SPRINGFIELD (New Jersey) • Jimmy Walker's passion is astrophotography. It is unclear at which point he reckoned that, if taking pictures of the stars, he might as well shoot for them.
The sequence of first-time Major winners continues. On a balmy Baltusrol on Sunday evening, in concluding a tournament that had threatened to rumble into another week, the 37-year-old lifted the Wanamaker Trophy.
This year's four prime golf events have each had a player break his Major duck.
Walker is the winner of the 98th US PGA Championship, with consistently low scores of 65, 66, 68 and 67 for a 14-under 266 total.
The American's margin of victory from world No. 1 Jason Day (67) was one stroke but, in truth, the outcome never looked in much doubt.
ABOUT JIMMY WALKER
Born: Jan 16, 1979
Birthplace: Oklahoma City
Lives in: Boerne, Texas
Turned pro: 2001
Joined PGA Tour : 2006
PGA Tour victories: 6
Major championship wins: 1
Ryder Cup appearance: 2014
Net worth estimated by Sport Rich List: US$15.5 million
Tournament record: After 187 PGA events without a win, he won three times in the first eight events of the 2013-2014 season.
Family: Wife Erin, a nationally ranked show jumper, runs a successful blog, Tour Wife Travels. They have two sons, Mclain and Beckett.
Hobby: Amateur astrophotographer. Several of his pictures have been selected as Nasa's Astronomy Picture of the Day.
That is until the very last hole of the tournament, when Walker carved a fairway wood into thick rough and had to scramble for par.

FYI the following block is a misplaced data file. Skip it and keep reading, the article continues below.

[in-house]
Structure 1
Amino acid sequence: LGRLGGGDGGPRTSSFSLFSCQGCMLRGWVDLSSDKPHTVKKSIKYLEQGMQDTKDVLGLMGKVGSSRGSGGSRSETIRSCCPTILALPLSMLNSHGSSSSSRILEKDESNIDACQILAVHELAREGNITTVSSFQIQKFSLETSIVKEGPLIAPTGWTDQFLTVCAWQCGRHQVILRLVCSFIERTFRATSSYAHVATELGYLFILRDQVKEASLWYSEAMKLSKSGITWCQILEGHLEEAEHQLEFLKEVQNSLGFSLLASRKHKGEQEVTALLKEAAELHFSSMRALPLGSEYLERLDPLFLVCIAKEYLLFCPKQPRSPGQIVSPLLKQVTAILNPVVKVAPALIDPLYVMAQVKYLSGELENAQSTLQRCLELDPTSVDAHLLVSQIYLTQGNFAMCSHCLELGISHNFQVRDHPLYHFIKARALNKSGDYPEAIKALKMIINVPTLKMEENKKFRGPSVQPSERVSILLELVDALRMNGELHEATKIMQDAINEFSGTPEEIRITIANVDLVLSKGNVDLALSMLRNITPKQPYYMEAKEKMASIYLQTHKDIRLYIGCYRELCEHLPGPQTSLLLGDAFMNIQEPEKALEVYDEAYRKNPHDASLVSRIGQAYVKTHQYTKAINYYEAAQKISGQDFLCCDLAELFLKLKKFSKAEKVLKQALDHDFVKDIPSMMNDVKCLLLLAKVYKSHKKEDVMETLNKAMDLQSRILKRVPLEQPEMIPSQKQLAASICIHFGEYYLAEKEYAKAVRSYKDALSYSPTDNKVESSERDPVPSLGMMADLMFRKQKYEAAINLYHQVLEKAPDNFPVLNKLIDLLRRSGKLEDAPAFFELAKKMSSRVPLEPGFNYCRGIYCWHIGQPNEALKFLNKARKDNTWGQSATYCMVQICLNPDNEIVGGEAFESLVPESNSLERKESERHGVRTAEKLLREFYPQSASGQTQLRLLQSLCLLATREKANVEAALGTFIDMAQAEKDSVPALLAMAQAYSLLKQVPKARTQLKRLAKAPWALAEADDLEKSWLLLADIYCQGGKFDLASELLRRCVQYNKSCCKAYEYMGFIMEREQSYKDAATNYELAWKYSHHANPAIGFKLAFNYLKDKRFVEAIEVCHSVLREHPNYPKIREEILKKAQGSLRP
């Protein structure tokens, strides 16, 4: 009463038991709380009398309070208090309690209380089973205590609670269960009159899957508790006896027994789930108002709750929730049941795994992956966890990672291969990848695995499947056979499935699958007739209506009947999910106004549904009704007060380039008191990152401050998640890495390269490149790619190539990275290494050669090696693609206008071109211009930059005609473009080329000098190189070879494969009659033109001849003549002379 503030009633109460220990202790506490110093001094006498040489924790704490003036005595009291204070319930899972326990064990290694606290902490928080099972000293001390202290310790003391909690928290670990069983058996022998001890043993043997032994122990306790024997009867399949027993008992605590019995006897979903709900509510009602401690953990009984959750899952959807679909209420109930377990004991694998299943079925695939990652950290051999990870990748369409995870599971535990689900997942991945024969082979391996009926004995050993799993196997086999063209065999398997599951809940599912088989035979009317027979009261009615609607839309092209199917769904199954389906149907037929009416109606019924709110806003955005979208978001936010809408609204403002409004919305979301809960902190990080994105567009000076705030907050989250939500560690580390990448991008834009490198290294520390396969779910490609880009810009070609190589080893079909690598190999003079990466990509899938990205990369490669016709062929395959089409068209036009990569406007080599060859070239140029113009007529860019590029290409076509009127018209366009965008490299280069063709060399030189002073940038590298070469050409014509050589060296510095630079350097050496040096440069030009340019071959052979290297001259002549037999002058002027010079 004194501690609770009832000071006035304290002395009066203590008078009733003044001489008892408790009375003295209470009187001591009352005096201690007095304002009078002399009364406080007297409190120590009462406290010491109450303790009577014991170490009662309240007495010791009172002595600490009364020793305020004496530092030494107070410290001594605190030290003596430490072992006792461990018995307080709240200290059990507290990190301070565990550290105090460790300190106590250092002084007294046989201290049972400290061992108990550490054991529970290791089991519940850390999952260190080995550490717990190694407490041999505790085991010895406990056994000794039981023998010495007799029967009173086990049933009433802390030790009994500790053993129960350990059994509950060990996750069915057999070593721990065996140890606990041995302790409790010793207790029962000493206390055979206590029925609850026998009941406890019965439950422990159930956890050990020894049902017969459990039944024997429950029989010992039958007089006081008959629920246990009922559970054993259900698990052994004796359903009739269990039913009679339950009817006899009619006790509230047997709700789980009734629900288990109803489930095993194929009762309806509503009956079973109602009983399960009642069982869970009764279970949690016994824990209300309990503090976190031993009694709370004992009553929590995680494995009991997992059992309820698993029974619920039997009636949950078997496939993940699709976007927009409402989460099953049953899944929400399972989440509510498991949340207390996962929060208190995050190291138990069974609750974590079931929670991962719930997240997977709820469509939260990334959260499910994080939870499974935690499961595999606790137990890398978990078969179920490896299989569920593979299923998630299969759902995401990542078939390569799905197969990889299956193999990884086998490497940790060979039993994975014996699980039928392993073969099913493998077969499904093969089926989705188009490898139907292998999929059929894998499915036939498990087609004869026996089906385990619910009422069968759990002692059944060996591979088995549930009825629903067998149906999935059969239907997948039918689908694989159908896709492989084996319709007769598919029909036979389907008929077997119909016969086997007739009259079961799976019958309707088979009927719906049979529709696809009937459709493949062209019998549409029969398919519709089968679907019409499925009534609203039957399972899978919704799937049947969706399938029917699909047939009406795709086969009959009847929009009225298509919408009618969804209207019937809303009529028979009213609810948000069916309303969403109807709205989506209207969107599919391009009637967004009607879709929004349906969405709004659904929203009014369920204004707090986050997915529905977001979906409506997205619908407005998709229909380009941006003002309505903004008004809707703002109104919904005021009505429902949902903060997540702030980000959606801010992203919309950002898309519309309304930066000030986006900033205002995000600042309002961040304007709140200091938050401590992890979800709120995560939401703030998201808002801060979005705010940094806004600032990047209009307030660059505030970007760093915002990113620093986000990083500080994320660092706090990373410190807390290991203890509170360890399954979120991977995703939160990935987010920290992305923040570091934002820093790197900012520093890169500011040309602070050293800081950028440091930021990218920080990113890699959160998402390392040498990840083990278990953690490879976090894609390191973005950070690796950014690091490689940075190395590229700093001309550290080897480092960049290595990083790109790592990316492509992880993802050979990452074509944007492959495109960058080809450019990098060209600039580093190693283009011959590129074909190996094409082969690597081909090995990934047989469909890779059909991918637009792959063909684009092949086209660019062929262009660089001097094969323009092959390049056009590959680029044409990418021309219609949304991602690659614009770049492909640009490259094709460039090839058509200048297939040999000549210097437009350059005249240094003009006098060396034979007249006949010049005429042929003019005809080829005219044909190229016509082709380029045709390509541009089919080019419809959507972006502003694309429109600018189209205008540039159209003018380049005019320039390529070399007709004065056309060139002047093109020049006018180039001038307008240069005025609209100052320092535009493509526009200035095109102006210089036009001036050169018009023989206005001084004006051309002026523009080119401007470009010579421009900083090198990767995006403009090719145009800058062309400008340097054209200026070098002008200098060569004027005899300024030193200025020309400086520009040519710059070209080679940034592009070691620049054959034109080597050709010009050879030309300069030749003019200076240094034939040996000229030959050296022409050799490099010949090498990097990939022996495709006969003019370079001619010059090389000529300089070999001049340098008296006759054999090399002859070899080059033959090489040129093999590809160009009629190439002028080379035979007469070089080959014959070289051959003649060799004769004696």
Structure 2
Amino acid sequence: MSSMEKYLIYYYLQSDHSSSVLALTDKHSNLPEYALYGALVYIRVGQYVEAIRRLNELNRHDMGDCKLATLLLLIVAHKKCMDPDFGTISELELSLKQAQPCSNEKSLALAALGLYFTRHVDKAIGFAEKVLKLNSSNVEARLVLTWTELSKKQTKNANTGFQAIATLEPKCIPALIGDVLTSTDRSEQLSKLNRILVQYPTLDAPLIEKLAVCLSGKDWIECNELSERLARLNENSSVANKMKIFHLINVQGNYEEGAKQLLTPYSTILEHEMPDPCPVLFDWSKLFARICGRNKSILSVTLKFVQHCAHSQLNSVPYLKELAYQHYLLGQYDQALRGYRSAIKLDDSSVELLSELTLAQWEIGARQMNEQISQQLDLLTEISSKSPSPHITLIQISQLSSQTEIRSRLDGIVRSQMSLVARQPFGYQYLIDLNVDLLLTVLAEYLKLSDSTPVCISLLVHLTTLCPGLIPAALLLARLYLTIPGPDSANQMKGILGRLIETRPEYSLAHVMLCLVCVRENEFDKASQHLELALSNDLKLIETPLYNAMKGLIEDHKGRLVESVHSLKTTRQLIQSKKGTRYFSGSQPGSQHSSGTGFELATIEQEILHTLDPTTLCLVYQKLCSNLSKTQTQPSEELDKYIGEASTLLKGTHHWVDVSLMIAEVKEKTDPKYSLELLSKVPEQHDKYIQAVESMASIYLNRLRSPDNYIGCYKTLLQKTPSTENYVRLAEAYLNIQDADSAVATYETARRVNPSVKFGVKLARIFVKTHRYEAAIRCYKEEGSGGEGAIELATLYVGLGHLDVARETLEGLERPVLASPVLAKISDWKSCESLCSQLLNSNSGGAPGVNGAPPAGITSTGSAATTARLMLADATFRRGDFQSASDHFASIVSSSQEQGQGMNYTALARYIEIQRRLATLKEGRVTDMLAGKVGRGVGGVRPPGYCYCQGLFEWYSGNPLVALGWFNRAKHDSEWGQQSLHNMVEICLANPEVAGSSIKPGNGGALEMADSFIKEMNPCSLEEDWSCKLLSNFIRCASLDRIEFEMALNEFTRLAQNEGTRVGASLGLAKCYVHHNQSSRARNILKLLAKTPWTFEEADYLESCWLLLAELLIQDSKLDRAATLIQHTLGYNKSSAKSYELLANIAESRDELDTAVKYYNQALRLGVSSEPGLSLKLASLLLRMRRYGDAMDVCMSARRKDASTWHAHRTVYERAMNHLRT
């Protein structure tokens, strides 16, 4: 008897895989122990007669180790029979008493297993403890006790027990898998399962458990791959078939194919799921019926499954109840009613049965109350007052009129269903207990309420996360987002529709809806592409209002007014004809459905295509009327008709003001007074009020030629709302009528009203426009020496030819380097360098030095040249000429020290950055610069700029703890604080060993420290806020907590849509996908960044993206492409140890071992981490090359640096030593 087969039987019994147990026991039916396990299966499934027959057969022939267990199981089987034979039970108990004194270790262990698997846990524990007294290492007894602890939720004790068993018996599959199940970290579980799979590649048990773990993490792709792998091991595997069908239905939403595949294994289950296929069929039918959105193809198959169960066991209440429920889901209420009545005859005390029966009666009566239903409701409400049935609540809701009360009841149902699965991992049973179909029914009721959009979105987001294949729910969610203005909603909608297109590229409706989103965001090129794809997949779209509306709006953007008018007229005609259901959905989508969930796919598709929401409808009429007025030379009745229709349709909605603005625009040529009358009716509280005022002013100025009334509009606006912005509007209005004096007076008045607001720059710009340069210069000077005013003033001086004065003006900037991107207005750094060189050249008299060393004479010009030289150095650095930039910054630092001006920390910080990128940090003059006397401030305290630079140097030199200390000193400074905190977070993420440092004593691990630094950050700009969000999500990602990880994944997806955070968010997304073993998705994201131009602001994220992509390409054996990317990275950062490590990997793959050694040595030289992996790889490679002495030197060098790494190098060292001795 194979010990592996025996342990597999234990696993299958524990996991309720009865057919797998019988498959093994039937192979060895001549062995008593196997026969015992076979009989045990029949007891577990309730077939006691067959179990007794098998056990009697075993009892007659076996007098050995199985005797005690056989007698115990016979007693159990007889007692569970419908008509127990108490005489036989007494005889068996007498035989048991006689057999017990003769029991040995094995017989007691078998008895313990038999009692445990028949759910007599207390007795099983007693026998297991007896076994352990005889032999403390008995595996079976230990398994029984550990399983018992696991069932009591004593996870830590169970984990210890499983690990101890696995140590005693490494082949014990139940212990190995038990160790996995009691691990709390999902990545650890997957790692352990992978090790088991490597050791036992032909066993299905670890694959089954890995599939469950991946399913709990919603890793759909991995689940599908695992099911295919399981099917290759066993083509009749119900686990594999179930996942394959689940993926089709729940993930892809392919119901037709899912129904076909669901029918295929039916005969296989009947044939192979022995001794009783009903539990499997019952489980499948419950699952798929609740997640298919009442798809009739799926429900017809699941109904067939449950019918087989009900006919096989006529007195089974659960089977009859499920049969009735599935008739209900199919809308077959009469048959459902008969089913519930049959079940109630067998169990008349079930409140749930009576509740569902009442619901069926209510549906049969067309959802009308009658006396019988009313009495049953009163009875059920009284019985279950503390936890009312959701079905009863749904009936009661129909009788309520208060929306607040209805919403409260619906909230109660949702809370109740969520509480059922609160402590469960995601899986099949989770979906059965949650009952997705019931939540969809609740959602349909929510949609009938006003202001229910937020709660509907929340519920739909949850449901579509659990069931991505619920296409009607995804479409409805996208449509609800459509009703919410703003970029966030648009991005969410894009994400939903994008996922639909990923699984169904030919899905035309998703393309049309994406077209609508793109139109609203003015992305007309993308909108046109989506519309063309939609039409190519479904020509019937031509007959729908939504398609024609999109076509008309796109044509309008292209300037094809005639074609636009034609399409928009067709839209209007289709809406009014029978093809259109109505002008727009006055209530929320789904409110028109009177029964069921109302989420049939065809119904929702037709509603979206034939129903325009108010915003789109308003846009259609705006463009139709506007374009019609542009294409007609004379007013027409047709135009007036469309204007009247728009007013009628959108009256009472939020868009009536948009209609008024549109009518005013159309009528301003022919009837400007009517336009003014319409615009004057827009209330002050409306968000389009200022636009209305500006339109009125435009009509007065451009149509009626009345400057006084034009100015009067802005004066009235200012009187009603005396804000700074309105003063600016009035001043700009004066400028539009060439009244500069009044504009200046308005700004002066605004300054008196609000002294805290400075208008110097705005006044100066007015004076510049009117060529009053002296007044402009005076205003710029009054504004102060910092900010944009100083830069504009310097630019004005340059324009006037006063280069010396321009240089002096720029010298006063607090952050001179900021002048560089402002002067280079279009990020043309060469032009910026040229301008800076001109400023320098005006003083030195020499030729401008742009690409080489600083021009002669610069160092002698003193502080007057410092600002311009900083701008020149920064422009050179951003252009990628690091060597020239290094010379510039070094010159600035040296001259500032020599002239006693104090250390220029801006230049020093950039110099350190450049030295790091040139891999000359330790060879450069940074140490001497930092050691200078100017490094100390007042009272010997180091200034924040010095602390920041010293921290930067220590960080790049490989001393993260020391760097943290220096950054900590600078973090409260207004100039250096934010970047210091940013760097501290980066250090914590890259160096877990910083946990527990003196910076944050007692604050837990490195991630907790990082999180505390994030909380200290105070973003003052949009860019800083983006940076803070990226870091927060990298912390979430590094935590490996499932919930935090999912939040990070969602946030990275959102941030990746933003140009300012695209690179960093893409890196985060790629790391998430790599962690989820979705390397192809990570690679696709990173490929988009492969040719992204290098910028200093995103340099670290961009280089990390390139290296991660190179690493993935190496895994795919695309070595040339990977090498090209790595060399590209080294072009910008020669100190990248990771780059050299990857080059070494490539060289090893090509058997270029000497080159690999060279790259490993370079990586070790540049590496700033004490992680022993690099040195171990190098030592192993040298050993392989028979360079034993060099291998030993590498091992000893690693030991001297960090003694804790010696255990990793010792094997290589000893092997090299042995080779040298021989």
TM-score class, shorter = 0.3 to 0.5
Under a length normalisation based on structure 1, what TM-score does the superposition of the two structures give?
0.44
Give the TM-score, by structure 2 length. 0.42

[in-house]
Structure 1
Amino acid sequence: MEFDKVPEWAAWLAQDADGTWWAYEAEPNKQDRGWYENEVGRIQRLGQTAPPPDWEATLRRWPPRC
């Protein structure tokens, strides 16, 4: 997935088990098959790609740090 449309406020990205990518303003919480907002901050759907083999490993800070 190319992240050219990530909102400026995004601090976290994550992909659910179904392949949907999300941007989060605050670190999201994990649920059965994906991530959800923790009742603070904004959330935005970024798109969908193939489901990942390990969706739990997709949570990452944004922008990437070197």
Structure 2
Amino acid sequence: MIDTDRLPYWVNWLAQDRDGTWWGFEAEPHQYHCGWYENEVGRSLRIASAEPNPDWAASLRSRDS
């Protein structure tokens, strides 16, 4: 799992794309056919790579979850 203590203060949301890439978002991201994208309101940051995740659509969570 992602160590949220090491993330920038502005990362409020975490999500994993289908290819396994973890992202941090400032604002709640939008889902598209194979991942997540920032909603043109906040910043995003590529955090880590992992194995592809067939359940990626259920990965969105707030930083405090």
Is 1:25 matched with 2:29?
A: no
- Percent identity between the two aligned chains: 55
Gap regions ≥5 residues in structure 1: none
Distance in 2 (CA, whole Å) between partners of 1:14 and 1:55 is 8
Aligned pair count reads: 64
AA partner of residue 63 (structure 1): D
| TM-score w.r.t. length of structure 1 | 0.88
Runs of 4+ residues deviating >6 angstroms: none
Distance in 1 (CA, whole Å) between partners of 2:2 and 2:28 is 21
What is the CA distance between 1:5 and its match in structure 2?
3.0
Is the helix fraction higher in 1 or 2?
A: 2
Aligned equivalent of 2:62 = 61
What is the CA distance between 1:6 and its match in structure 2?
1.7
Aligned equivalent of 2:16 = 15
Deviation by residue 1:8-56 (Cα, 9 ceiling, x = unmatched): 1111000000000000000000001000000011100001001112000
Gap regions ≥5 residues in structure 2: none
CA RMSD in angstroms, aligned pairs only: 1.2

Perhaps his story is the most poetic of this year.
Three years ago, he claimed his first PGA Tour title.
He won twice in 2014 and the same number of times last year. From journeyman professional, he went to top 50 in the world and, now, Major winner and richer by US$1.8 million (S$2.4 million) as well as a new No. 15 ranking.
Three moments were to define Walker's victory. Ultimately and thankfully, with luck playing a part, the forecast brutal weather did not.
When holding a one-stroke lead on the 10th hole, courtesy of nine straight pars, he made his first error by finding a greenside bunker. But he was to hole out from there.
And he did likewise from 30 feet at the 11th hole.
On the 17th hole, he nervelessly converted an eight-foot putt seconds after Day had played a 254-yard approach to the hole in front to eagle range.
Only a Walker stumble would hand the trophy away from there.
The American's A-game might not be up there with the best but it is clearly sufficient when others fall short. "It's surreal," he said. "I just had not quite played as well as I would have liked to this year. Just to be in it and be there and have a chance and then to finish it off is just so gratifying. It's amazing."
It is testimony to Day that he pushed Walker as far as was the case, with the Australian obviously performing at around 70 per cent.
Day made that eagle on the 18th to leave Walker needing his par to win. Daniel Summerhays (66) claimed third place and a Masters berth at 270, one ahead of Branden Grace (67), Hideki Matsuyama (68) and Brooks Koepka (70).
THE GUARDIAN, AGENCE FRANCE-PRESSE